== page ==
Nicola Sturgeon should put Covid ahead of independence, says Michael Gove

Scotland ‘have more power than ever before’ says Eustice

When you subscribe we will use the information you provide to send you these newsletters. Sometimes they’ll include recommendations for other related newsletters or services we offer. Our Privacy Notice explains more about how we use your data, and your rights. You can unsubscribe at any time.

The Cabinet Office Minister told the Scottish First Minister to focus on the pandemic rather than renewing her drive to break up the UK. Mr Gove then called for devolved leaders to join forces with Westminster to fix the NHS and encourage economic growth. He said: “We should work together as Team UK in order to deal with the pandemic.” Yesterday Boris Johnson rang Ms Sturgeon to formally invite her to a summit of leaders from all four parts of the UK to discuss a nationwide recovery plan. But the SNP leader refused to back down from her campaign for a rerun of the 2014 independence poll.

She claimed that blocking it would be “absurd and outrageous” and that a referendum was now inevitable.

Her spokesman said: “The First Minister made clear that her immediate focus was on steering the country through Covid and into recovery, and that a newly elected Scottish Government would work with the UK Government as far as possible on that aim.

“The First Minister also reiterated her intention to ensure that the people of Scotland can choose our own future when the crisis is over.

“And she made clear that the question of a referendum is now a matter of when, not if.”

Scots-born Mr Gove was speaking yesterday after Thursday’s elections left the nationalists one seat short of a majority in the Scottish Parliament.

He told Sky News’s Sophy Ridge On Sunday: “The SNP did not get a majority in this election.

“And also, critically, we had a campaign in which all of the party leaders acknowledged that the single most important thing was dealing with the pandemic.”

He pointed out Ms Sturgeon did not secure a majority as her predecessor Alex Salmond did in the 2011 election. That was “a significant difference”.

Mr Gove said Scottish voters would “feel disappointed, to put it mildly” to see politicians not concentrating on their priorities.

But he also ruled out the Government taking legal action in the Supreme Court to block any attempt by Ms Sturgeon to trigger her own unofficial independence poll.

He added: “We’re not going to go there.”

Speaking later on BBC Scotland’s Sunday Show, Mr Gove added: “We’re not going to go down the route of talking about independence or legal challenges or anything like that when our principal focus, our exclusive attention, is going on pandemic recovery.” Ms Sturgeon – whose independence call could be backed by eight Green MSPs – refused to budge from her campaign.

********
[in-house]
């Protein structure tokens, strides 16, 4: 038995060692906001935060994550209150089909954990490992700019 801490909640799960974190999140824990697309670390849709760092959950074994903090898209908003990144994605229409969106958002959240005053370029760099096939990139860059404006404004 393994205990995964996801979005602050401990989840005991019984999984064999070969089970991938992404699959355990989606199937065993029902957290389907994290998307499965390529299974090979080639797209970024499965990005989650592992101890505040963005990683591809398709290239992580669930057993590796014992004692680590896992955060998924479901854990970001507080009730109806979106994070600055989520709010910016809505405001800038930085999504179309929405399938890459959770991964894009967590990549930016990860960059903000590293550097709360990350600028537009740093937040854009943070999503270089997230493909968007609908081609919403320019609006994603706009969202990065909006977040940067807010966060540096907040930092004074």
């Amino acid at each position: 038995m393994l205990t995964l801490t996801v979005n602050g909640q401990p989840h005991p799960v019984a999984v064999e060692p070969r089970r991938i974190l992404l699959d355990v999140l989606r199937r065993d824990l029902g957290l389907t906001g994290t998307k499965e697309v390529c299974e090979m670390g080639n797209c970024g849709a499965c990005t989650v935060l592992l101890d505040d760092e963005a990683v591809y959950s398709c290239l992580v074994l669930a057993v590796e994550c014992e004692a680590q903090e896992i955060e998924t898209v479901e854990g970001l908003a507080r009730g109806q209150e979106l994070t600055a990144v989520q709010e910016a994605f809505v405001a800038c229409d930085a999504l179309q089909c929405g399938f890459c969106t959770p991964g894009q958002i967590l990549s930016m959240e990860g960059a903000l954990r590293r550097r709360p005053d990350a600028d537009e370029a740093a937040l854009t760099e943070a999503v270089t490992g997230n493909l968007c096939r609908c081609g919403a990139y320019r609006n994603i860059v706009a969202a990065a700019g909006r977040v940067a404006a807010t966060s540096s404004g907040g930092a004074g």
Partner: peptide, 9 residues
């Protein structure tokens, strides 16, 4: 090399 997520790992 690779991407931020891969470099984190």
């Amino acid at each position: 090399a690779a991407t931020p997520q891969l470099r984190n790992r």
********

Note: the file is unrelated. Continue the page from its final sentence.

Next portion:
Asked on the BBC’s Andrew Marr Show if she could deliver independence for Scotland, the First Minister said: “I hope so.”

She added: “I have just won a landslide election and another five-year term as First Minister.

“I have got the energy, the appetite, to get on with the job. Firstly to get us through Covid, that is my priority, and then I hope to lead to Scotland to independence.”

Both the SNP and the Green Party election manifestos included a commitment to holding another independence referendum in the next five years.

Sturgeon has said she wants a vote to take place before the end of 2023. She added the Scots had “voted overwhelmingly” for her party, based on a manifesto which included a commitment to “give the people of Scotland the opportunity to choose our own base future in a referendum” once the Covid crisis has passed.

Ms Sturgeon continued: “The fact that we are sitting here having a debate about whether or not that outcome is going to be respected says a lot about the lack of respect for Scottish democracy that this UK Government has demonstrated for quite some time now.

“The people of Scotland have voted for the SNP, on the strength of offering, when the time is right, an independence referendum.

“As in 2011, leading up to 2014, any UK Government that has any respect for Scottish democracy would simply accept that and come to an agreement with the Scottish Government that puts it beyond any legal doubt.”

But her crusade appeared on shaky ground with a poll for the pro-UK group Scotland in Union finding fewer than 37 percent of Scots want a referendum within her timetable.

Some 52 percent are against having another independence vote by the end of 2023, with 10 percent saying they do not know.

In all, 58 percent want to stay in the UK, with 42 percent favouring independence. Pamela Nash, Scotland in Union chief, said: “The very last thing we need right now is more division in our society.

“The majority of Scots do not want a referendum in the First Minister’s timetable of two-and-a-half years.”

52% of Scots are against having referendum by the end of 2023.

Source: Read Full Article